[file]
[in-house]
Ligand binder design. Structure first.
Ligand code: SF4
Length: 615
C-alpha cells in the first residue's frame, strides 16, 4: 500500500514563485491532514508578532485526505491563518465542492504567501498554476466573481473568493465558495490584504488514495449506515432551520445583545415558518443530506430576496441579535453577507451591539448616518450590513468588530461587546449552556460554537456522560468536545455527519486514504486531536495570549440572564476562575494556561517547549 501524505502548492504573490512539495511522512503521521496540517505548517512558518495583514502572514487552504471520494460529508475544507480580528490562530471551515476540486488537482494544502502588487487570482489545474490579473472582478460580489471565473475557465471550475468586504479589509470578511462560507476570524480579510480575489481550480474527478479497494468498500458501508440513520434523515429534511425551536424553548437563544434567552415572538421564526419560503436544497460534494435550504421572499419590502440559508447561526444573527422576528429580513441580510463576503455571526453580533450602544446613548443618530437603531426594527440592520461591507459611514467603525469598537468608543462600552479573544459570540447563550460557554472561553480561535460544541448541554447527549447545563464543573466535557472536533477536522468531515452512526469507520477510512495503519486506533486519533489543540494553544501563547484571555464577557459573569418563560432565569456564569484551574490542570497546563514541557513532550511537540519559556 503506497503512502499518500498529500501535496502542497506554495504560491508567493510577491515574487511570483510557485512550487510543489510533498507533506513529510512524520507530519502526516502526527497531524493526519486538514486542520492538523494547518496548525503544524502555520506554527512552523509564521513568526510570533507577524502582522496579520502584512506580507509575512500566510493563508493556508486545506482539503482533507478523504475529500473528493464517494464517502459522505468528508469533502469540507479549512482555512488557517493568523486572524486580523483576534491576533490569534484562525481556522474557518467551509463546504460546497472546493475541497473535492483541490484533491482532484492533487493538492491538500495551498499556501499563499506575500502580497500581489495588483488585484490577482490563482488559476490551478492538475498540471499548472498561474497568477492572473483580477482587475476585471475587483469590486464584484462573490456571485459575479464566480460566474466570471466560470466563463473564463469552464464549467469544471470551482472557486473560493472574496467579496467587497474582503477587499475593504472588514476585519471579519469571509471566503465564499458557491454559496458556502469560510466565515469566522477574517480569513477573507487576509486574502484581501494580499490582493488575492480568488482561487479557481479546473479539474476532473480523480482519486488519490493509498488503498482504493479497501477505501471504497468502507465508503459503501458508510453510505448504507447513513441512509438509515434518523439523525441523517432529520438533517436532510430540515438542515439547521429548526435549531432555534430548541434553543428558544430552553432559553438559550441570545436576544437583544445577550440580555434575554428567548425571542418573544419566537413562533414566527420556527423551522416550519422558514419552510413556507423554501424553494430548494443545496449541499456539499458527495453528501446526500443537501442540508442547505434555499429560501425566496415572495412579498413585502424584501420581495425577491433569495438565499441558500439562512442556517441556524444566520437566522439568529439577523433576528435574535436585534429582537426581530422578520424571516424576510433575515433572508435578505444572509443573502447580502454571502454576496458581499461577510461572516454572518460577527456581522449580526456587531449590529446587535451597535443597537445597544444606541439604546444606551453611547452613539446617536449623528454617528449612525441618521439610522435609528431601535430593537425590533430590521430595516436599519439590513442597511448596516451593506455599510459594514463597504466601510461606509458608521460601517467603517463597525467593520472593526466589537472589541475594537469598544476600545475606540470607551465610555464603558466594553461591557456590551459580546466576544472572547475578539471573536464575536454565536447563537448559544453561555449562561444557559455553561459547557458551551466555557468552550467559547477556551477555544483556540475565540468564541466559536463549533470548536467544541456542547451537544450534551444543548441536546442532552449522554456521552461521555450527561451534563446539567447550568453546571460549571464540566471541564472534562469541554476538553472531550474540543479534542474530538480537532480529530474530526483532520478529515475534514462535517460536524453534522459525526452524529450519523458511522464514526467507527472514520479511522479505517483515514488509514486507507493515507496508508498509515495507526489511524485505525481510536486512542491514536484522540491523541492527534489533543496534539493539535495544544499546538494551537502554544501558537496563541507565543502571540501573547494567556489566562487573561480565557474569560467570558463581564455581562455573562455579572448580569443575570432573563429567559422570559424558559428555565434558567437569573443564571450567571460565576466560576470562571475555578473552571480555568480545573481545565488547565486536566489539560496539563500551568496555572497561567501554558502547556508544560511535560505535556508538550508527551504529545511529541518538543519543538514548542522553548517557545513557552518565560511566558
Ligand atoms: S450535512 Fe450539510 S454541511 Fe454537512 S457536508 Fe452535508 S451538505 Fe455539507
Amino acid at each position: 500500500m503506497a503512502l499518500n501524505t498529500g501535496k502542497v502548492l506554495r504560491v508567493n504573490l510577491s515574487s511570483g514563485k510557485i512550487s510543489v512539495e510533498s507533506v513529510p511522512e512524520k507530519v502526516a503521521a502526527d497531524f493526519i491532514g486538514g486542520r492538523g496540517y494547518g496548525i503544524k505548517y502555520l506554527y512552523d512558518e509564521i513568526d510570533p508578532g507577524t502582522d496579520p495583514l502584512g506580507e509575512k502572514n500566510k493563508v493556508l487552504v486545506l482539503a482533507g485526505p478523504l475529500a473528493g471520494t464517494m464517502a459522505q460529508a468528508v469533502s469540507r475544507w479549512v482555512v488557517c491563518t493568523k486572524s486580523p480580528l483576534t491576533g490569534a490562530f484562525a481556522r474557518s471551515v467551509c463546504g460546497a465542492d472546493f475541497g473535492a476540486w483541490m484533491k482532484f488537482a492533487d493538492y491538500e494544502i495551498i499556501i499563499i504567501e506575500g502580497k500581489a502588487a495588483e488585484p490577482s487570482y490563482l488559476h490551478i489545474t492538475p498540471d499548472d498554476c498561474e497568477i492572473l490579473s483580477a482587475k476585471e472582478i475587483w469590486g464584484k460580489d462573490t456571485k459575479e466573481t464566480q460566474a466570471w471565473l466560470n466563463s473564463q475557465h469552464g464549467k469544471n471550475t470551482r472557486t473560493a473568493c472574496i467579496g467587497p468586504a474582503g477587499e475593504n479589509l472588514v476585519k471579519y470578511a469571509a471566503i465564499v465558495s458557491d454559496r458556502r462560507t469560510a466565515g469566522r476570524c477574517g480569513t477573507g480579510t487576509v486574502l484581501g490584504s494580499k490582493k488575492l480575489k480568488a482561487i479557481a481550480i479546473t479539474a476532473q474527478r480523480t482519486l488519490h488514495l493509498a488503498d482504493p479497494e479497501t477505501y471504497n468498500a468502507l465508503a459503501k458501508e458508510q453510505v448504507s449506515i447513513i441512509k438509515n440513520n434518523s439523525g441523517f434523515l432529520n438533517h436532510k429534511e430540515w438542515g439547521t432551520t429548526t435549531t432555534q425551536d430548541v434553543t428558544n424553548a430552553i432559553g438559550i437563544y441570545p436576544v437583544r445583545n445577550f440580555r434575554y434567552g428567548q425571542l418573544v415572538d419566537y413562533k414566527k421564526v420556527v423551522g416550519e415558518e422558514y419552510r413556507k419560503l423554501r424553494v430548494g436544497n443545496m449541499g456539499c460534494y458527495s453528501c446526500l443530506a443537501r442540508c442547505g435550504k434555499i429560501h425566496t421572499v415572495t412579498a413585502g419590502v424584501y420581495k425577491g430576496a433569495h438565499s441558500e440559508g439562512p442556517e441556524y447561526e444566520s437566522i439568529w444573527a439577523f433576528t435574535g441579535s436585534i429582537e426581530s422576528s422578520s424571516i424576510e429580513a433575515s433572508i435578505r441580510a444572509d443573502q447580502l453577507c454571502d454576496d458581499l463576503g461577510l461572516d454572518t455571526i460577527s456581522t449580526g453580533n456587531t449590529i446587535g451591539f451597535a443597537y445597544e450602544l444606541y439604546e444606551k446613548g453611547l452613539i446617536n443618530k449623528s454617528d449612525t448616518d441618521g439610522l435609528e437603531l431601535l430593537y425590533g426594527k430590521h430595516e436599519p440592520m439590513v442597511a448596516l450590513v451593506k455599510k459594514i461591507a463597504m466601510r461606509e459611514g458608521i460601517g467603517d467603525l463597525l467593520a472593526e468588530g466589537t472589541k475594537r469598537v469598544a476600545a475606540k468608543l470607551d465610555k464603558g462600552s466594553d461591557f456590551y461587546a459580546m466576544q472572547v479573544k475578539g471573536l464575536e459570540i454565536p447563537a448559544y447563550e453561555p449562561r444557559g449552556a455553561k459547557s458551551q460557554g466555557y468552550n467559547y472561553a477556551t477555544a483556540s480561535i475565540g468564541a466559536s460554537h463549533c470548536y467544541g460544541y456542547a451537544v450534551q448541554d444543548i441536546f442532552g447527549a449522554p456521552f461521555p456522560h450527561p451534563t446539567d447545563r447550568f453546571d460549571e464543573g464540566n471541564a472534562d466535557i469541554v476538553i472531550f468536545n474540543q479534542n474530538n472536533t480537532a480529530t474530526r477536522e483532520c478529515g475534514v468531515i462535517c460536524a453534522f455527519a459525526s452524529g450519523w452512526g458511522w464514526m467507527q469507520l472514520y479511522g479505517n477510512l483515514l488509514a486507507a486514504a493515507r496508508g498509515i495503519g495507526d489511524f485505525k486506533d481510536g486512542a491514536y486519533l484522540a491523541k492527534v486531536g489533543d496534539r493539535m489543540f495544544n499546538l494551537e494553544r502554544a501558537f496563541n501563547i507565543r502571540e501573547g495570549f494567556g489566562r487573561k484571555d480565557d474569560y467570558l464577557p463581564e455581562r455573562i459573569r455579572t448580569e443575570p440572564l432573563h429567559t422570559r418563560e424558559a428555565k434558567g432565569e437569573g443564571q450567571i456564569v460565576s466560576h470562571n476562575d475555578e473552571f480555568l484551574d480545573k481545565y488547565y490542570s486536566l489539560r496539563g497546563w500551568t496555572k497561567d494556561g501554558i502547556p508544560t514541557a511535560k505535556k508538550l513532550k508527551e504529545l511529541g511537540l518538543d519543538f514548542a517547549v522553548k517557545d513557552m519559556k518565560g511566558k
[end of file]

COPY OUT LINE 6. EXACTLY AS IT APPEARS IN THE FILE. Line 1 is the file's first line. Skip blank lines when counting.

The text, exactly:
Ligand atoms: S450535512 Fe450539510 S454541511 Fe454537512 S457536508 Fe452535508 S451538505 Fe455539507